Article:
Richard Dokas

Thu, Sep 20, 2012 : 7:53 p.m.

This mess was so avoidable if only someone had bothered to simply google Craig Schubiner name they would have found that he has a pattern of projects that were underfunded and half built followed by endless lawsuits. I actually think we are lucky because if he hasn't started this project yet. If he ever does we might find ourselves in the position of Bloomfield Park. Here is a link that you should read: Notice that that project was stopped 5yrs ago and is just now going to trial. No wonder he is having a hard time raising money!

John Q

Thu, Sep 20, 2012 : 7:51 p.m.

Why is anyone shocked by this? Schubiner's record is well-documented. There's a massive eyesore in Oakland County still waiting to come down that he left behind the last time he couldn't get financing in place.

Lets Get Real

Tue, Sep 25, 2012 : 9:29 p.m.

When you drive by that part of North Telegraph Road, it looks like a bombed out building. Shell only stands - no floors, or roof. Just packed up and left it. Othere must be a way to force the sale of the property - there must be a reason: unpaid taxes, unkept property, safety hazard, something. This project was doomed from the start. You would think the city would have done its due dilligence. Read about this guy - developer is a kind name to call him.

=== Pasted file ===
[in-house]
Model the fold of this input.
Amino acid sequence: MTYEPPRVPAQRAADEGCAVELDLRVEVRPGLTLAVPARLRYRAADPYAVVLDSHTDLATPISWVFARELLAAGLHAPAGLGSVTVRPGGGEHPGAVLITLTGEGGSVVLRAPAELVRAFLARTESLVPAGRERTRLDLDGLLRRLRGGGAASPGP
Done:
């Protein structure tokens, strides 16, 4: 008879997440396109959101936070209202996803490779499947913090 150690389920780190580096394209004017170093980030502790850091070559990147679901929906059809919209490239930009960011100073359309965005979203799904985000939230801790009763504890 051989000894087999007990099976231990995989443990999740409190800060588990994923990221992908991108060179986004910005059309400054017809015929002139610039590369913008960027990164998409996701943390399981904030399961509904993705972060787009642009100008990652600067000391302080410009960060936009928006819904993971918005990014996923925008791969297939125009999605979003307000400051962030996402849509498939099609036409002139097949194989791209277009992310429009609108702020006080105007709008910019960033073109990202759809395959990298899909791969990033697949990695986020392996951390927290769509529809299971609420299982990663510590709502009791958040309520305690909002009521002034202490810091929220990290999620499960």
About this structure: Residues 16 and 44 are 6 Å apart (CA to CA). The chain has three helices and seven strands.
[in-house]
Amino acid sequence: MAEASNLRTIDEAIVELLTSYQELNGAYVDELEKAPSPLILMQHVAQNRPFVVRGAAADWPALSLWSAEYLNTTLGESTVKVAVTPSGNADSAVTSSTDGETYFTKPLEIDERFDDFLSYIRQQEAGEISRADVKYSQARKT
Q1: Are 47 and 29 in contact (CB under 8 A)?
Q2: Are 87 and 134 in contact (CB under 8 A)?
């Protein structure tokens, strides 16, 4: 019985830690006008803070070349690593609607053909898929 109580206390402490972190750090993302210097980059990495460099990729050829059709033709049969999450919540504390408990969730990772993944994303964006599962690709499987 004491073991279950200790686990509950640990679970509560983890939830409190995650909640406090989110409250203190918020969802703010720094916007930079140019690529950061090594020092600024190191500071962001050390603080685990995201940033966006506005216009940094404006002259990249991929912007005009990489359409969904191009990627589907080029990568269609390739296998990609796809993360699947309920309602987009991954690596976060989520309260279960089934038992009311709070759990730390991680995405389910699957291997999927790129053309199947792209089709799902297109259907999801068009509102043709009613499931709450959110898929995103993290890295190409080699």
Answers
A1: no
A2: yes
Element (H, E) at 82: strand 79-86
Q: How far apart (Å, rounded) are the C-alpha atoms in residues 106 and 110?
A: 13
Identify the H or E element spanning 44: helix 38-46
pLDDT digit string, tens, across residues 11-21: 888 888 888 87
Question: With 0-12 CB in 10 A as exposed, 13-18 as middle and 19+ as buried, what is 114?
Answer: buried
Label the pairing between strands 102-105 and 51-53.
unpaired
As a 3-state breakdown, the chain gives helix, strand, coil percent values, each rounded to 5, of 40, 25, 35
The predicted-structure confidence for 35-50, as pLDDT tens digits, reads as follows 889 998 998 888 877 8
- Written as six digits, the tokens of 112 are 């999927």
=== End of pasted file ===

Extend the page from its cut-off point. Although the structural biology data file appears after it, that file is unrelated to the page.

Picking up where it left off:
Thu, Sep 20, 2012 : 7:46 p.m.

Doesn't this seem to happen with just about every big project in this city? I think the City Council/Planning Department needs to do a better job of vetting these projects.

Rob B

Sun, Sep 23, 2012 : 4:48 p.m.

maybe they finally learned their lesson over the failed Near North project? Although Avalon "gave" back those dilapitated properties and cant repay the nearly two million in loans/grants towards the project, at least those homes do not pose such a threat.


Thu, Sep 20, 2012 : 7:42 p.m.

As a long-time neighborhood resident and one who has been following this closely this is a major disappointment. I was under the impression that once the bids were received in August that the demolition wouldn't be far behind. Recycling the bricks would be great, but there is NO WAY that should be allowed to delay anything. It simply isn't that important relative to the eyesore that the mall presents each and every day to the people living in and traveling through the area.


Thu, Sep 20, 2012 : 8:14 p.m.

At this point, the brick recycling is not delaying the project. The developer has failed to obtain financing. It might turn into a problem at some point, but not yet.

Elaine F. Owsley

Thu, Sep 20, 2012 : 7:32 p.m.

I'd be willing to bet that if you rented a bunch of bulldozers, the neighbors would do the job for nothing.

Billy Bob Schwartz

Thu, Sep 20, 2012 : 8:35 p.m.